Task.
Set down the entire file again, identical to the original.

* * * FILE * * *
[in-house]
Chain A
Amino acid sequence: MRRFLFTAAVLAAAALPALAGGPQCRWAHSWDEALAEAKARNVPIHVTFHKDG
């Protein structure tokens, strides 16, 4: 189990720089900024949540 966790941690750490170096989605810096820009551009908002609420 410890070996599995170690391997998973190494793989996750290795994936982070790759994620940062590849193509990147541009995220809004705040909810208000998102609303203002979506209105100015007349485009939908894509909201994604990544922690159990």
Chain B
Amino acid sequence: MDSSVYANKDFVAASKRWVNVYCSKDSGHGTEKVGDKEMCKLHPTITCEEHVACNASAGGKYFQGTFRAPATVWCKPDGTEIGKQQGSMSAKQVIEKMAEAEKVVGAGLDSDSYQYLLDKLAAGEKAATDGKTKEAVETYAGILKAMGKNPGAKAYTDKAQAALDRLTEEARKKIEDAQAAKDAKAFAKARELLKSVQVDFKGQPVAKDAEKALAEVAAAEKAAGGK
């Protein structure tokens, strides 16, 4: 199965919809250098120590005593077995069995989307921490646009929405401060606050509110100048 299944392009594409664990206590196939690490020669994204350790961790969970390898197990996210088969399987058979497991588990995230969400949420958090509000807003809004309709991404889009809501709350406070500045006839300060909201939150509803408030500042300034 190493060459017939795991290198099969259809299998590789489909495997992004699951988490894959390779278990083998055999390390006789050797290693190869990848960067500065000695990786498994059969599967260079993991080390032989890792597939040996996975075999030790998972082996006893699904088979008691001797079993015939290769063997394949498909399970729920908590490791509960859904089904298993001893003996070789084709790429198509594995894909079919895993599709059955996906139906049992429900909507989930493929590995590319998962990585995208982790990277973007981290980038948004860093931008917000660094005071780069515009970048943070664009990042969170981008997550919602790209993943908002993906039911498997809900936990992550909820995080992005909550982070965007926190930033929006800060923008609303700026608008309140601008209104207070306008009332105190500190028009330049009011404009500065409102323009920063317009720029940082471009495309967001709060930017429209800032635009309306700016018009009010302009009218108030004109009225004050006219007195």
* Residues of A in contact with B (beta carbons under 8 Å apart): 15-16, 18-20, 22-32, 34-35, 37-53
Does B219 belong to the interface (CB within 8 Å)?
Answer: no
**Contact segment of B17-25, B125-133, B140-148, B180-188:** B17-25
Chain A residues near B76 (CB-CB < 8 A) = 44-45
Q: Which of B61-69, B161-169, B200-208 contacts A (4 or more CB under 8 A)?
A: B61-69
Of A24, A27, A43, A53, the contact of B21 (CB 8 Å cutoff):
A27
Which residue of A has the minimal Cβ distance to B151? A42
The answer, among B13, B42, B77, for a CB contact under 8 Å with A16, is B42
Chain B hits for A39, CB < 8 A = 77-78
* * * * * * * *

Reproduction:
[in-house]
Chain A
Amino acid sequence: MRRFLFTAAVLAAAALPALAGGPQCRWAHSWDEALAEAKARNVPIHVTFHKDG
């Protein structure tokens, strides 16, 4: 189990720089900024949540 966790941690750490170096989605810096820009551009908002609420 410890070996599995170690391997998973190494793989996750290795994936982070790759994620940062590849193509990147541009995220809004705040909810208000998102609303203002979506209105100015007349485009939908894509909201994604990544922690159990």
Chain B
Amino acid sequence: MDSSVYANKDFVAASKRWVNVYCSKDSGHGTEKVGDKEMCKLHPTITCEEHVACNASAGGKYFQGTFRAPATVWCKPDGTEIGKQQGSMSAKQVIEKMAEAEKVVGAGLDSDSYQYLLDKLAAGEKAATDGKTKEAVETYAGILKAMGKNPGAKAYTDKAQAALDRLTEEARKKIEDAQAAKDAKAFAKARELLKSVQVDFKGQPVAKDAEKALAEVAAAEKAAGGK
């Protein structure tokens, strides 16, 4: 199965919809250098120590005593077995069995989307921490646009929405401060606050509110100048 299944392009594409664990206590196939690490020669994204350790961790969970390898197990996210088969399987058979497991588990995230969400949420958090509000807003809004309709991404889009809501709350406070500045006839300060909201939150509803408030500042300034 190493060459017939795991290198099969259809299998590789489909495997992004699951988490894959390779278990083998055999390390006789050797290693190869990848960067500065000695990786498994059969599967260079993991080390032989890792597939040996996975075999030790998972082996006893699904088979008691001797079993015939290769063997394949498909399970729920908590490791509960859904089904298993001893003996070789084709790429198509594995894909079919895993599709059955996906139906049992429900909507989930493929590995590319998962990585995208982790990277973007981290980038948004860093931008917000660094005071780069515009970048943070664009990042969170981008997550919602790209993943908002993906039911498997809900936990992550909820995080992005909550982070965007926190930033929006800060923008609303700026608008309140601008209104207070306008009332105190500190028009330049009011404009500065409102323009920063317009720029940082471009495309967001709060930017429209800032635009309306700016018009009010302009009218108030004109009225004050006219007195």
* Residues of A in contact with B (beta carbons under 8 Å apart): 15-16, 18-20, 22-32, 34-35, 37-53
Does B219 belong to the interface (CB within 8 Å)?
Answer: no
**Contact segment of B17-25, B125-133, B140-148, B180-188:** B17-25
Chain A residues near B76 (CB-CB < 8 A) = 44-45
Q: Which of B61-69, B161-169, B200-208 contacts A (4 or more CB under 8 A)?
A: B61-69
Of A24, A27, A43, A53, the contact of B21 (CB 8 Å cutoff):
A27
Which residue of A has the minimal Cβ distance to B151? A42
The answer, among B13, B42, B77, for a CB contact under 8 Å with A16, is B42
Chain B hits for A39, CB < 8 A = 77-78